And we didn’t have to fudge it.
As exciting as Texas state politics have been this week, it’s important to also take a look back at events in local politics. For the City of Houston, a lot has been accomplished in the last couple of weeks. Far-removed from K-street underbelly controlling DC, or even the overt grand-standing that you find in Austin, Houston politics is on the whole a series of honest events. But that doesn’t mean municipal government lacks for excitement, or doesn’t have its fair share of fights. Houston City Council is about as diverse a government body as one may find. With a contingencies of Liberals, Conservatives and even Tea Party members holding office, Houston’s City Government feels quite reflective of the nation itself.
But there is one critical delineation… In local government, failure is not an option. If Houston is to be a successful city, we must have a successful council. If they mess things up, Houstonians immediately know it. It also means that a city’s annual budget has to be real. Council can’t pass Continuing Resolutions, or waste constituent time and money promoting religious holidays through meaningless legislation. For a city, every dollar counts.
That was the massive task that lay before Houston City Council on last week. They showed up to City Hall, political philosophies in tow, and worked together past sundown. It wasn’t easy, but it was done.
From Houston Chronicle reporter Mike Morris, here’s a summation
of how the day went down…
The roller-coaster 10-hour meeting – all but 45 minutes of which focused on Mayor Annise Parker’s budget and council members’ 60 proposed amendments to it – will require Parker to shuffle about $3.9 million in the $2.2 billion general fund budget. The rest of the city’s spending occurs in enterprise funds fed by fees and not taxes.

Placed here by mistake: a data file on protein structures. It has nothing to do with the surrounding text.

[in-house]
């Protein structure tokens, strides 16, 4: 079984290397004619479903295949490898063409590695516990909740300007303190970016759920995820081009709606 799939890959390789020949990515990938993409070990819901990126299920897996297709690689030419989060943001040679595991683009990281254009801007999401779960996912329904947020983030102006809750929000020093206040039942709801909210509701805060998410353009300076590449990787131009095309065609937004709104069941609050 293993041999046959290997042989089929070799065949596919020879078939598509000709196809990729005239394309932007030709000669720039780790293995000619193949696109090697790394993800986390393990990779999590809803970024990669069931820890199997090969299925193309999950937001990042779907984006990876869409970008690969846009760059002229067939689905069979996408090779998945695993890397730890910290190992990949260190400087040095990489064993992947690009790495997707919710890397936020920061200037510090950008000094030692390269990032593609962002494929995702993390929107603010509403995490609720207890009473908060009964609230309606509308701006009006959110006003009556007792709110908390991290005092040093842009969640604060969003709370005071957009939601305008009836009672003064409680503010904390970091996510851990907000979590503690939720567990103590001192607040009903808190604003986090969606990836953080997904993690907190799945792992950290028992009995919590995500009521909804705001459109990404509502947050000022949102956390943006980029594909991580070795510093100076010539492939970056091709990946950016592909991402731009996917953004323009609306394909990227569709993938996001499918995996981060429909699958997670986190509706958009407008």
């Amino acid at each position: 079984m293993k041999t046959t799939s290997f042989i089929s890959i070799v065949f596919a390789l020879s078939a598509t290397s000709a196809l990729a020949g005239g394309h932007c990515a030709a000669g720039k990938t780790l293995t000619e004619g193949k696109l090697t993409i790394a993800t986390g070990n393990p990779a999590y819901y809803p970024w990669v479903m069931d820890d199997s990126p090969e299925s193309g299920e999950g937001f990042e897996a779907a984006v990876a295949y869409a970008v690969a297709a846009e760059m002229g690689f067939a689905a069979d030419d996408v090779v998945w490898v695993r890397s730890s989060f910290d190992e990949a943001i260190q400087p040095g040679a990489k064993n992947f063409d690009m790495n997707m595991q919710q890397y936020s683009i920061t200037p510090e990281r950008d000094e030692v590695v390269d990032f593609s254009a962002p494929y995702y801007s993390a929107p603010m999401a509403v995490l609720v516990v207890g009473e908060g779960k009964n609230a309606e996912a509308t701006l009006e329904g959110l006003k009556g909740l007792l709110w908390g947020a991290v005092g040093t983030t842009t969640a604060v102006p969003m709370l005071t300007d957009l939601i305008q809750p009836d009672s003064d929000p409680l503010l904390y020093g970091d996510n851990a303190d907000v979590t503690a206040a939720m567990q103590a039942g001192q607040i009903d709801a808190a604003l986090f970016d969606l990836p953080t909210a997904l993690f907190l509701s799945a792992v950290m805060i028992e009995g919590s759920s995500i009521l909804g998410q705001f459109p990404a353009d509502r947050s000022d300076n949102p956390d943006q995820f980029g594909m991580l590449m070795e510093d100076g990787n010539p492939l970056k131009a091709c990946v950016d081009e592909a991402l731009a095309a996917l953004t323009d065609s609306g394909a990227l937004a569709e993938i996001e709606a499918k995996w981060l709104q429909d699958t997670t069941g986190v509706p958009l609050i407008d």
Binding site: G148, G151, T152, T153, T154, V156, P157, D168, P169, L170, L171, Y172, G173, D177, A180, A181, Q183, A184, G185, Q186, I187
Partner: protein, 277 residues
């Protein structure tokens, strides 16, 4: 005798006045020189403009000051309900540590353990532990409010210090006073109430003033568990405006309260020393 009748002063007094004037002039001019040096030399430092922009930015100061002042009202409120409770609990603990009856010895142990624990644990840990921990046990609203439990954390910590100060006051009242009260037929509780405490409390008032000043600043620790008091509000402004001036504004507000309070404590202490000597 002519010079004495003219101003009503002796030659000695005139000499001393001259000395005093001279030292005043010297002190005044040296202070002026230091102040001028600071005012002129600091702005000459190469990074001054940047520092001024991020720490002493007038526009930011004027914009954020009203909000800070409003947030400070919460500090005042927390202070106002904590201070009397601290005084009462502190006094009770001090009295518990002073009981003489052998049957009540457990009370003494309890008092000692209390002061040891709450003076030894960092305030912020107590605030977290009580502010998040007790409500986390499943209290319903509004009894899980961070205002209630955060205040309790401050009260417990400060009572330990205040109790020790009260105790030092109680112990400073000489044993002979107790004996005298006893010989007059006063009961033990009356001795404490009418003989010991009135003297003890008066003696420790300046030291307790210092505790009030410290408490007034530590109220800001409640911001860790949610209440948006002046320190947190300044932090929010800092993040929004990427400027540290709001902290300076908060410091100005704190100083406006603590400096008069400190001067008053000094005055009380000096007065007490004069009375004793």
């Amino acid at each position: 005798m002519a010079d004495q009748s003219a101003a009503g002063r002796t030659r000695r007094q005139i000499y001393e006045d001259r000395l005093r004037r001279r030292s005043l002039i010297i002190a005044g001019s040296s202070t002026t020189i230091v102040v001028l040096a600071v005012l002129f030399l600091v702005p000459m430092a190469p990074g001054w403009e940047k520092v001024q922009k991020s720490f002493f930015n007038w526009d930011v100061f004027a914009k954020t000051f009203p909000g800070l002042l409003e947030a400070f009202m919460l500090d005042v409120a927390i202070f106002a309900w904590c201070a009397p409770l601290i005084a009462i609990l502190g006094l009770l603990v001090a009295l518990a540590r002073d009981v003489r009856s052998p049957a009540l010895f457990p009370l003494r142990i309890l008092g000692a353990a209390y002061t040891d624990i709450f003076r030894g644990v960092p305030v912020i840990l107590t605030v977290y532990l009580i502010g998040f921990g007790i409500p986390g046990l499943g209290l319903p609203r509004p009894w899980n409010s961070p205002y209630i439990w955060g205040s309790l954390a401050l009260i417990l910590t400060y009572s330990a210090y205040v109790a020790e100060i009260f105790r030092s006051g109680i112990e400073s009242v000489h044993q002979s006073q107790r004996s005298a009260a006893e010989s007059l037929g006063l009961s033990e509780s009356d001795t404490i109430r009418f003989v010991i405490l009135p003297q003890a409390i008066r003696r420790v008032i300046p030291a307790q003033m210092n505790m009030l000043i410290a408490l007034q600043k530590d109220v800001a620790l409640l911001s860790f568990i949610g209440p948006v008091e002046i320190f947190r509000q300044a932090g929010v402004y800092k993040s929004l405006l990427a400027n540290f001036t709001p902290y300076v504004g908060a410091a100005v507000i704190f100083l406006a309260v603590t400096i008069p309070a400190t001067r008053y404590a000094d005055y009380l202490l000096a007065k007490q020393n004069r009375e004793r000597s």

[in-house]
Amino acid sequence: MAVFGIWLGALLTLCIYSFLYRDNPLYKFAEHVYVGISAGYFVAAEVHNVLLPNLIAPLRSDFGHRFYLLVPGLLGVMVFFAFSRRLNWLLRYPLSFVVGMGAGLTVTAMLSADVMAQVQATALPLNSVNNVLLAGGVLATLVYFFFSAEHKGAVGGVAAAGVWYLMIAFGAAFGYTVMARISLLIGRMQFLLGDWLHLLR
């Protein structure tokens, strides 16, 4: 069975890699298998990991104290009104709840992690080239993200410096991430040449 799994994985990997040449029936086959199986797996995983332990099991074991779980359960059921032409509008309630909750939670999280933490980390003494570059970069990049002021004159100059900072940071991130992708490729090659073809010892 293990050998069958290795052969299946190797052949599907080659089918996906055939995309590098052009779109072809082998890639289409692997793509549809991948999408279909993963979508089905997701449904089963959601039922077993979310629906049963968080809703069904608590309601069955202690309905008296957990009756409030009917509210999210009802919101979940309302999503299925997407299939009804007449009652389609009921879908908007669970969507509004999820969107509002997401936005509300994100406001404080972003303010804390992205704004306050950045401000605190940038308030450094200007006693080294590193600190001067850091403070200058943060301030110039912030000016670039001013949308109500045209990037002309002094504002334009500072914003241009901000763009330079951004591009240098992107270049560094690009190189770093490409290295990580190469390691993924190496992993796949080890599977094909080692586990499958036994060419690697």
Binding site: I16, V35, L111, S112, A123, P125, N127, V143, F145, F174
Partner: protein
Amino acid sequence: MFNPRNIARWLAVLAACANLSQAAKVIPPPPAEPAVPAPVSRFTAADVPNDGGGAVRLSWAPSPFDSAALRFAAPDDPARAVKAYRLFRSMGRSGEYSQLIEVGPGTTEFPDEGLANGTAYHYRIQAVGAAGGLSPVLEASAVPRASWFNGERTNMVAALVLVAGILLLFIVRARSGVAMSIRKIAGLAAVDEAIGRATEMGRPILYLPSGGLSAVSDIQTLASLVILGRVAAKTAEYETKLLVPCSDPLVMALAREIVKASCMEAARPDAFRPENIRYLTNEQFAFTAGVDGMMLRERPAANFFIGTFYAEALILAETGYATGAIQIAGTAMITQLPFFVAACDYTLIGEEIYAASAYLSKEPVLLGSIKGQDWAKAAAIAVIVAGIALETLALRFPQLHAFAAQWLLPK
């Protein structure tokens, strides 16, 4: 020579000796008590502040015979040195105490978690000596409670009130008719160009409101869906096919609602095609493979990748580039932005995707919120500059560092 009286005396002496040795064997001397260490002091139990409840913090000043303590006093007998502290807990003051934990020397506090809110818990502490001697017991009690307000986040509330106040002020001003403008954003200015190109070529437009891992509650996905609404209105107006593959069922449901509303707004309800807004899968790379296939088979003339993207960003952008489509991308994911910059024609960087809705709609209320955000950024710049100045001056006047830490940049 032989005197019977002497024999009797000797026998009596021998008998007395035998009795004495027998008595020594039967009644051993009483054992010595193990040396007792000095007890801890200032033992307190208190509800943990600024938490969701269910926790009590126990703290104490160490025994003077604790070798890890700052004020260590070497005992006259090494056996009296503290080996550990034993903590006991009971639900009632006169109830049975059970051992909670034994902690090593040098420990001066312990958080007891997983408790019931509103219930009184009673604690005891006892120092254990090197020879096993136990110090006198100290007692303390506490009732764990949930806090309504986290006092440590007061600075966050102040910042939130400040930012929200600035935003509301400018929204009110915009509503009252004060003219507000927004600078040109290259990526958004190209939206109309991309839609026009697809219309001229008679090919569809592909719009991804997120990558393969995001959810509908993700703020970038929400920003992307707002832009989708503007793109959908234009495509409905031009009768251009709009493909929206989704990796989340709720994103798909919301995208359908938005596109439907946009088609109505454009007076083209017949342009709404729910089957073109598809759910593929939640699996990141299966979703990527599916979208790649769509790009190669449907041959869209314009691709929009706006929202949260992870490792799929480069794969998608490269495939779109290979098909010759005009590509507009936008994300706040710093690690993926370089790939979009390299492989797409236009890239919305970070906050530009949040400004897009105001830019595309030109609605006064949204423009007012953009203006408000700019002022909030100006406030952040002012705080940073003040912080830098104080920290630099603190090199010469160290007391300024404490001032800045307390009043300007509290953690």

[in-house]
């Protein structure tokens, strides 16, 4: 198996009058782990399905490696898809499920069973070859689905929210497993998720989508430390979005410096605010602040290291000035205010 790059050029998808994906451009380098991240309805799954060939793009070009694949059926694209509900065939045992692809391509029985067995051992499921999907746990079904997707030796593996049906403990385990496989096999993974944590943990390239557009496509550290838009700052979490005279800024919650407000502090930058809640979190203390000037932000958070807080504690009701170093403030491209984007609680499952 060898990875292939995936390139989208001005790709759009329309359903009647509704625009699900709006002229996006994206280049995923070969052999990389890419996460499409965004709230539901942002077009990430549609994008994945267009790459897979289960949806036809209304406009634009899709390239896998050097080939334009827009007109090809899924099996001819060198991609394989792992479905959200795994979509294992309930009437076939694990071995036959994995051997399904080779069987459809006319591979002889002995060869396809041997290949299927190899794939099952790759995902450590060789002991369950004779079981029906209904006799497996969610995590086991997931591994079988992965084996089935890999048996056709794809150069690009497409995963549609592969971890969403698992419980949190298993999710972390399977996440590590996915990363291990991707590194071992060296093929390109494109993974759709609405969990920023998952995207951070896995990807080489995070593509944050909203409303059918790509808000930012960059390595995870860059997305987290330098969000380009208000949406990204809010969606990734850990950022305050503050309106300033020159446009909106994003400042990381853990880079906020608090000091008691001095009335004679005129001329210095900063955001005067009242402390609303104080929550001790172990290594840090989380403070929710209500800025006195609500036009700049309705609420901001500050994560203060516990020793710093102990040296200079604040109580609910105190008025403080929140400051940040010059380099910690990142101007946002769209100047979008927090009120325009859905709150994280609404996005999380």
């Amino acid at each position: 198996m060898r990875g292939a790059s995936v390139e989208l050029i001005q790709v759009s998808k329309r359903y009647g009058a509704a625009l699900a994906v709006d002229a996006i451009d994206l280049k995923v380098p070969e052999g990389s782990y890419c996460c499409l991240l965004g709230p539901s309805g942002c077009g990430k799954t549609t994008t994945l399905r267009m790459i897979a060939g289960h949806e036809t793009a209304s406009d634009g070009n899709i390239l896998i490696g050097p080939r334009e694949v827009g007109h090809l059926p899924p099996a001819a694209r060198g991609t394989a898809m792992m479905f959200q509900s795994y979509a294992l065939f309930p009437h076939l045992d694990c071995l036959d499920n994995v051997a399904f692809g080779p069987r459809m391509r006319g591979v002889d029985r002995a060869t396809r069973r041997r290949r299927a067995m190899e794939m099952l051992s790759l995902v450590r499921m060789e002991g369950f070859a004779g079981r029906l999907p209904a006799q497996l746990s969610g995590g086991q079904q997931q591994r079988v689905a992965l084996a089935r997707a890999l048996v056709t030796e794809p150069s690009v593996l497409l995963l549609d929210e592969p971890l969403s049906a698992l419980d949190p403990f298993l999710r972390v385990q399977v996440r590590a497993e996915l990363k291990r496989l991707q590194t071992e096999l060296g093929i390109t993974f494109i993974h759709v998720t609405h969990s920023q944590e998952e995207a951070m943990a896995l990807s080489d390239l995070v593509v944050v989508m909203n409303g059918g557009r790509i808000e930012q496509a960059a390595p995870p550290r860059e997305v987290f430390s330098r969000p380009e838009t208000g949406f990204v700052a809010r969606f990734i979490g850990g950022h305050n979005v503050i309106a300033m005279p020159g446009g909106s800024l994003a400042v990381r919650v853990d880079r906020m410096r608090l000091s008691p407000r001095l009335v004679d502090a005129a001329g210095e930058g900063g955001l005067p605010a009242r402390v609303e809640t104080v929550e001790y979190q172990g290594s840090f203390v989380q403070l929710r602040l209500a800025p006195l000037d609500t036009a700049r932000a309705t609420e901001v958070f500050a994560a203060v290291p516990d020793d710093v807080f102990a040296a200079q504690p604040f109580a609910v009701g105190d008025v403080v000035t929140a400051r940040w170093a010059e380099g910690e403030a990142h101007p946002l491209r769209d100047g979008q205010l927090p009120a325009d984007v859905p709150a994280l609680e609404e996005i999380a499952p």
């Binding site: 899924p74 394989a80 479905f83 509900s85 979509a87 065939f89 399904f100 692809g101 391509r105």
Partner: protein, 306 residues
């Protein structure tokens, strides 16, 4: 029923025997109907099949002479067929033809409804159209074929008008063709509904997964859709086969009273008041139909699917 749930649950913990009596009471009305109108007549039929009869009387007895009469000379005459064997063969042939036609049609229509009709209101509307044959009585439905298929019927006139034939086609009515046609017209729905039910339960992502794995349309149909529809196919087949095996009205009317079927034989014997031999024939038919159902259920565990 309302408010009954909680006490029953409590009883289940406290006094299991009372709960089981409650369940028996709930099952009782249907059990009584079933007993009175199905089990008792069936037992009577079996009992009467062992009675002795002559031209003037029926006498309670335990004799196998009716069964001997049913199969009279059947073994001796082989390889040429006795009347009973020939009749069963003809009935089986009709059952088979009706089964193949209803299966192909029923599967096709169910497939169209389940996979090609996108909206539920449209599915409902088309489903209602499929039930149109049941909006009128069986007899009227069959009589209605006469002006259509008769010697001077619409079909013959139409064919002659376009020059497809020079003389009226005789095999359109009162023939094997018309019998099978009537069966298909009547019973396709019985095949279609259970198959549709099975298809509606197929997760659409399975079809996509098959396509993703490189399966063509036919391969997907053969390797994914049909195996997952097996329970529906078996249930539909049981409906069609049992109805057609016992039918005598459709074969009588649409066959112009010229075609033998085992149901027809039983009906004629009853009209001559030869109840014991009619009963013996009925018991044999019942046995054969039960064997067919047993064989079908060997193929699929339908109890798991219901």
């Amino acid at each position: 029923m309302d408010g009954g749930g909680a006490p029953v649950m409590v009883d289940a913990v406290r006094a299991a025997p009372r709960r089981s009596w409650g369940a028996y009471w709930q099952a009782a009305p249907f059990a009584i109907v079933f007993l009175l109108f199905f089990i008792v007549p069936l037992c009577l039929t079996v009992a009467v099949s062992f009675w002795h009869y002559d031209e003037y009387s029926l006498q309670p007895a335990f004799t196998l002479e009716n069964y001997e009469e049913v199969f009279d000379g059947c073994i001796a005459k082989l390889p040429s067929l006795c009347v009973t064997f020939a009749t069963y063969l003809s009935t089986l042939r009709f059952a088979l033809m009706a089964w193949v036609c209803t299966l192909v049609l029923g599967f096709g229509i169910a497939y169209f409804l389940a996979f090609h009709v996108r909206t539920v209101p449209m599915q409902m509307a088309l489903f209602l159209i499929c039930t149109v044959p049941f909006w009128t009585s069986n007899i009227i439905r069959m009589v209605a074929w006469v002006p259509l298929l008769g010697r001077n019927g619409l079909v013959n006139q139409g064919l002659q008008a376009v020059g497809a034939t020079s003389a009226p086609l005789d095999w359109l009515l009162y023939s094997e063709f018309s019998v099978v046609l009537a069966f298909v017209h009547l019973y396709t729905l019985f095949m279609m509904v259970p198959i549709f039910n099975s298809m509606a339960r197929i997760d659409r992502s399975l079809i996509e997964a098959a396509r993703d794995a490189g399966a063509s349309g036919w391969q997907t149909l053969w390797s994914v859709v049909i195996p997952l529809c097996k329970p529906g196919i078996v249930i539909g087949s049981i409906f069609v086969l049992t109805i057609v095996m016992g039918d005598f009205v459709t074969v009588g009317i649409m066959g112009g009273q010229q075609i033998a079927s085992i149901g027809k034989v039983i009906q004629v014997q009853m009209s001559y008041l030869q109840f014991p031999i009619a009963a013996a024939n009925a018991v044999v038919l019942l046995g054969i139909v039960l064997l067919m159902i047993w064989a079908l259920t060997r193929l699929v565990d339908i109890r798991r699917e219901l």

Parker said this year’s budget cycle has been far different from the past three, which saw the city slash spending during the recession.
“This budget we had new revenue coming in, and so there was an opportunity to set priorities for new spending,” she said. “So it was a little more difficult here at the table because we all had different ideas on how we spend that new money.”
Among the successful amendments: A $2 million push to redeploy four ambulances shelved during the cutbacks; a $1.5 million summer jobs program for youth; $250,000 for cameras to monitor illegal dumping; and money to increase the Houston Center for Literacy’s budget from $400,000 to $500,000. Other big-ticket items, including a $3 million summer-jobs program and $1.5 million for after-school programs, were voted down.
Houston’s Senior Citizens will be getting some tax relief as well. The city’s current tax exemption for homeowners 65 and older will rise from $70,862 to $80,000
. This exemption, along with the other amendments will impact the overall budget, requiring the Mayor’s office to look for flexibility in other areas.
“I’m not going to make the cut right away… Since we all believe that the revenue will come in above our expectations, we believe we can still hit our targets even with this cut. It just means there’s less going to next year’s fund balance” Mayor Parker said. Council Member Brown went on to reiterate that this year’s budget came in with a $6 million- dollar surplus as well, confirming that the money was available to absorb the cut.
And 10 hours later, the Houston City Council adopted a $4.9 Billion- dollar budget. The first one in three years with no significant job cuts. I applaud the Mayor and Council members for their hard work.
A city budget may lack the glamour of a raucous floor vote at the Capitol, but keeping an area as massive as Houston running is noble and necessary work indeed. Mayor Parker and City Council deserve to be lauded for it. Off the Kuff has a more timely post on the subject.